θj = θ0 + εj

With these assumptions, we could compute the Hessian describing the sensitivity of model behavior on changes in the parameters. It factored into the product of four matrices


(where MT is the transpose of a matrix, exchanging rows and columns). Here the matrix A depends on the model, but its properties are not very important. The matrix V, though, is the famous Vandermonde matrix:

V =
... ... ... ... ... ...
with each row a successively higher power of the small variables εj. (Here N is the number of parameters, and d is the number of data points.)

The Vandermonde matrix is famous, I think, because you can guess its determinant (for the square case N=d). That means that everyone learns about it in math class when they learn about determinants. We are taught that the determinant is a big sum of terms, each ± a products of matrix elements, with one element chosen from each row and each column. So our determinant will be a polynomial in the epsilons. We are also taught that the determinant will be zero if any two columns are equal. So, the polynomial has a factor ij) for every i and j. Fiddling around, you can show that the determinant is precisely a product of these factors:

det(V) = ∏i>jij) ∝ εN(N-1)/2

Now, if the εs are small the determinant of V is tiny. Since the determinant of the product of four matrices is the product of the determinants, and since the determinant of A is boring, we find out that the determinant of our Hessian

det(H) ∝εN(N-1),

is very small if ε is small (so our parameters are all close to one another).

This tells us that our model is sloppy. First, remember when we looked at polynomial fits that the determinant of the Hessian told us how skew the transformation was from the original parameters to the parameter combinations governing model behavior? The more skew, the more sloppy. Second, the determinant is the product of all of the eigenvalues - so a tiny determinant means that there must be some tiny eigenvalues (sloppy eigendirections in parameter space).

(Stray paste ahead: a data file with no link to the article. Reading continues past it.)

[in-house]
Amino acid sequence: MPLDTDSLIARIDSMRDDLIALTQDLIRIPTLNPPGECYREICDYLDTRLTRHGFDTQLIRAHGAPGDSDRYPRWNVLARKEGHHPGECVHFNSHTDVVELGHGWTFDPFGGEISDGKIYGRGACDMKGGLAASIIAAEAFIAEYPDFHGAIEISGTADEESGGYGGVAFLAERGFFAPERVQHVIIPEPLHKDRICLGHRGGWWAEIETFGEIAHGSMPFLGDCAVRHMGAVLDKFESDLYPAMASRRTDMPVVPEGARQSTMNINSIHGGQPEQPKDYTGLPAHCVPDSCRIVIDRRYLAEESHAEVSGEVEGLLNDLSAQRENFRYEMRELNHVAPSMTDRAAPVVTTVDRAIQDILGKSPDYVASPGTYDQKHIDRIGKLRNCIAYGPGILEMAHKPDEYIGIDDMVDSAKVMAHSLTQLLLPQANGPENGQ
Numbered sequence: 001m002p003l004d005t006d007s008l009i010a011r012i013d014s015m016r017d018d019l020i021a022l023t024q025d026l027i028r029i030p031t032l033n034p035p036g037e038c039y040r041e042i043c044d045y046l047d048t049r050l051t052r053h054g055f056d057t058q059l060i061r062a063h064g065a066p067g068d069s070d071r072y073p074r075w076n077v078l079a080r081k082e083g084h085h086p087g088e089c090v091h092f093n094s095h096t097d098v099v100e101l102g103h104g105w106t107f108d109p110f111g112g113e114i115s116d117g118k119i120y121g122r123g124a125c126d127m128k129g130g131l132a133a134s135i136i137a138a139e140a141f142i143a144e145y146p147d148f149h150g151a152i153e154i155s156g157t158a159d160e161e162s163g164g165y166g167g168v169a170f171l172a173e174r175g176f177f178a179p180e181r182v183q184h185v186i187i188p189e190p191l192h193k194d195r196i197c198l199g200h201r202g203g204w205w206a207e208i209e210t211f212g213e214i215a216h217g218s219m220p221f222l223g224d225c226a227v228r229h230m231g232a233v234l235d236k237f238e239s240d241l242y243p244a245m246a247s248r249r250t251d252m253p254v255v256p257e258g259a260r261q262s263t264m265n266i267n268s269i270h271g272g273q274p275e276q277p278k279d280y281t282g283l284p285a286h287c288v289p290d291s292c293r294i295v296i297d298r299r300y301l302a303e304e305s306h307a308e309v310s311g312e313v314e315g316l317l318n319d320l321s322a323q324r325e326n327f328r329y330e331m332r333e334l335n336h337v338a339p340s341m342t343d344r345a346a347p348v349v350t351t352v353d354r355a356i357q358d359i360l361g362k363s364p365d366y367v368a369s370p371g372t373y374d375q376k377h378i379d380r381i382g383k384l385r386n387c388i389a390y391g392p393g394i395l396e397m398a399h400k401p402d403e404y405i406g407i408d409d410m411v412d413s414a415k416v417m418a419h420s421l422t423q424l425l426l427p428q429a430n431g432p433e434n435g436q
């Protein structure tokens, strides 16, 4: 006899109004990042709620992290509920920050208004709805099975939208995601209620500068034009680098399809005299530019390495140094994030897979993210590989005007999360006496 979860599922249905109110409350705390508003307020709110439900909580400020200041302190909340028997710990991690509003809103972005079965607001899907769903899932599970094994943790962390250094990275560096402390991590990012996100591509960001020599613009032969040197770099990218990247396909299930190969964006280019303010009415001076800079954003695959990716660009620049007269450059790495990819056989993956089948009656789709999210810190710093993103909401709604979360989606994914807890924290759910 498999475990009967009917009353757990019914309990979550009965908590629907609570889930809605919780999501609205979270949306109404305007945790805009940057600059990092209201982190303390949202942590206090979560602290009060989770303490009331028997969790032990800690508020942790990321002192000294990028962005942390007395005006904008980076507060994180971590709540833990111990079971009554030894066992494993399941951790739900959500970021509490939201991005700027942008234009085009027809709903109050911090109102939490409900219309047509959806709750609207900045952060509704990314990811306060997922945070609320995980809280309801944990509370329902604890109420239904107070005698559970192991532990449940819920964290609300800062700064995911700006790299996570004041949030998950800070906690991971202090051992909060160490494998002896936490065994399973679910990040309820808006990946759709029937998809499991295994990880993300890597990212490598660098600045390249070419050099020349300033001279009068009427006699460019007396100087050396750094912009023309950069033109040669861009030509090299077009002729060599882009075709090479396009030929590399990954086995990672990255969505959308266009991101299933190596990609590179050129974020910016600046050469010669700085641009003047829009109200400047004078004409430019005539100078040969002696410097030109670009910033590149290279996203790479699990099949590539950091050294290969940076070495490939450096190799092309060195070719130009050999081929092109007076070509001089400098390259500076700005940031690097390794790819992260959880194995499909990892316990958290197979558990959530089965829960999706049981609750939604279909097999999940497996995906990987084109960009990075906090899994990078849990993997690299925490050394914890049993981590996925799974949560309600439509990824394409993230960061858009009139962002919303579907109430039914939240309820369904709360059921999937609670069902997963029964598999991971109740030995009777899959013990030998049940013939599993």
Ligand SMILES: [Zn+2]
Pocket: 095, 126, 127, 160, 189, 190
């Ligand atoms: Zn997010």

We also argued that the eigenvalue distribution will have a very strong level-repulsion, leading to eigenvalues that are equally spaced on our logarithmic vertical axis when ε gets small. (Our argument relied upon a mathematical conjecture, which was later proven by Ari Turner, then a grad student at Harvard, and also by Bryan Chen, then a grad student at U Penn.)

So, the key weird features of the eigenvalue spectra of sloppy models can be explained mathematically, at least for this family of models fit to data.


More on sloppiness:

Last Modified: June 11, 2008

James P. Sethna, sethna@lassp.cornell.edu; This work supported by the Division of Materials Research of the U.S. National Science Foundation, through grant DMR-070167.

Statistical Mechanics: Entropy, Order Parameters, and Complexity, now available at Oxford University Press (USA, Europe).